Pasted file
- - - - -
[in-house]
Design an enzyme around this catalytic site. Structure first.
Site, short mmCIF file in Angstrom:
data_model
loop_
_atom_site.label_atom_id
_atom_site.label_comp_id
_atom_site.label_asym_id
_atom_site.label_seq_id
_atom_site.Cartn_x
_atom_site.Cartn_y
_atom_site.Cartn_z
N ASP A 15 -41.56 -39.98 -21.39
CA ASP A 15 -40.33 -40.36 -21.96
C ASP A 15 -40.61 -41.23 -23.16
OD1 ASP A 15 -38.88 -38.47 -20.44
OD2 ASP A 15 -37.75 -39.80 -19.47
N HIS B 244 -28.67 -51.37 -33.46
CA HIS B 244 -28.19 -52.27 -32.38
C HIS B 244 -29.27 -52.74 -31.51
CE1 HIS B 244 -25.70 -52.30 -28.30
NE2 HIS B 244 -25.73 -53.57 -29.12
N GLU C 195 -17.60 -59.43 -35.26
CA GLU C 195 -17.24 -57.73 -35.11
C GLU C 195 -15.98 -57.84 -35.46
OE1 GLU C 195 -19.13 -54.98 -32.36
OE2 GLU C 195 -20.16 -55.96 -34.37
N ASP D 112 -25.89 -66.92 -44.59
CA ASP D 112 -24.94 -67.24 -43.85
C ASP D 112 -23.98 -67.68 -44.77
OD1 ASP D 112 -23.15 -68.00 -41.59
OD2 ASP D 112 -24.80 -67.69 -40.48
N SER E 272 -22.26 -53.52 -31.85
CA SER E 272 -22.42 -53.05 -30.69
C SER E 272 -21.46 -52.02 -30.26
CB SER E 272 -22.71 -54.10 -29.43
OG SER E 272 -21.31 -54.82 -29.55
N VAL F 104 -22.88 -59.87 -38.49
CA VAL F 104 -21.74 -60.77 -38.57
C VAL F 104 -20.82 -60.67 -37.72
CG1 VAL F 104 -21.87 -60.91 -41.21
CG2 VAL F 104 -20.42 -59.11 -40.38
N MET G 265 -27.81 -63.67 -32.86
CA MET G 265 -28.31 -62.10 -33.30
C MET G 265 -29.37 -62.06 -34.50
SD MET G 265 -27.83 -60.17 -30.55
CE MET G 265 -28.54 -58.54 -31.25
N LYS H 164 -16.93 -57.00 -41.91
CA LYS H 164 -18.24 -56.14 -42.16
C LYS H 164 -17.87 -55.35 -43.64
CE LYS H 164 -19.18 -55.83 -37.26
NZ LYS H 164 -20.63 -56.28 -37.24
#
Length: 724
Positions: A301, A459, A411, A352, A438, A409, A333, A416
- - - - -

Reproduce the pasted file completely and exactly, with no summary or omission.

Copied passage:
[in-house]
Design an enzyme around this catalytic site. Structure first.
Site, short mmCIF file in Angstrom:
data_model
loop_
_atom_site.label_atom_id
_atom_site.label_comp_id
_atom_site.label_asym_id
_atom_site.label_seq_id
_atom_site.Cartn_x
_atom_site.Cartn_y
_atom_site.Cartn_z
N ASP A 15 -41.56 -39.98 -21.39
CA ASP A 15 -40.33 -40.36 -21.96
C ASP A 15 -40.61 -41.23 -23.16
OD1 ASP A 15 -38.88 -38.47 -20.44
OD2 ASP A 15 -37.75 -39.80 -19.47
N HIS B 244 -28.67 -51.37 -33.46
CA HIS B 244 -28.19 -52.27 -32.38
C HIS B 244 -29.27 -52.74 -31.51
CE1 HIS B 244 -25.70 -52.30 -28.30
NE2 HIS B 244 -25.73 -53.57 -29.12
N GLU C 195 -17.60 -59.43 -35.26
CA GLU C 195 -17.24 -57.73 -35.11
C GLU C 195 -15.98 -57.84 -35.46
OE1 GLU C 195 -19.13 -54.98 -32.36
OE2 GLU C 195 -20.16 -55.96 -34.37
N ASP D 112 -25.89 -66.92 -44.59
CA ASP D 112 -24.94 -67.24 -43.85
C ASP D 112 -23.98 -67.68 -44.77
OD1 ASP D 112 -23.15 -68.00 -41.59
OD2 ASP D 112 -24.80 -67.69 -40.48
N SER E 272 -22.26 -53.52 -31.85
CA SER E 272 -22.42 -53.05 -30.69
C SER E 272 -21.46 -52.02 -30.26
CB SER E 272 -22.71 -54.10 -29.43
OG SER E 272 -21.31 -54.82 -29.55
N VAL F 104 -22.88 -59.87 -38.49
CA VAL F 104 -21.74 -60.77 -38.57
C VAL F 104 -20.82 -60.67 -37.72
CG1 VAL F 104 -21.87 -60.91 -41.21
CG2 VAL F 104 -20.42 -59.11 -40.38
N MET G 265 -27.81 -63.67 -32.86
CA MET G 265 -28.31 -62.10 -33.30
C MET G 265 -29.37 -62.06 -34.50
SD MET G 265 -27.83 -60.17 -30.55
CE MET G 265 -28.54 -58.54 -31.25
N LYS H 164 -16.93 -57.00 -41.91
CA LYS H 164 -18.24 -56.14 -42.16
C LYS H 164 -17.87 -55.35 -43.64
CE LYS H 164 -19.18 -55.83 -37.26
NZ LYS H 164 -20.63 -56.28 -37.24
#
Length: 724
Positions: A301, A459, A411, A352, A438, A409, A333, A416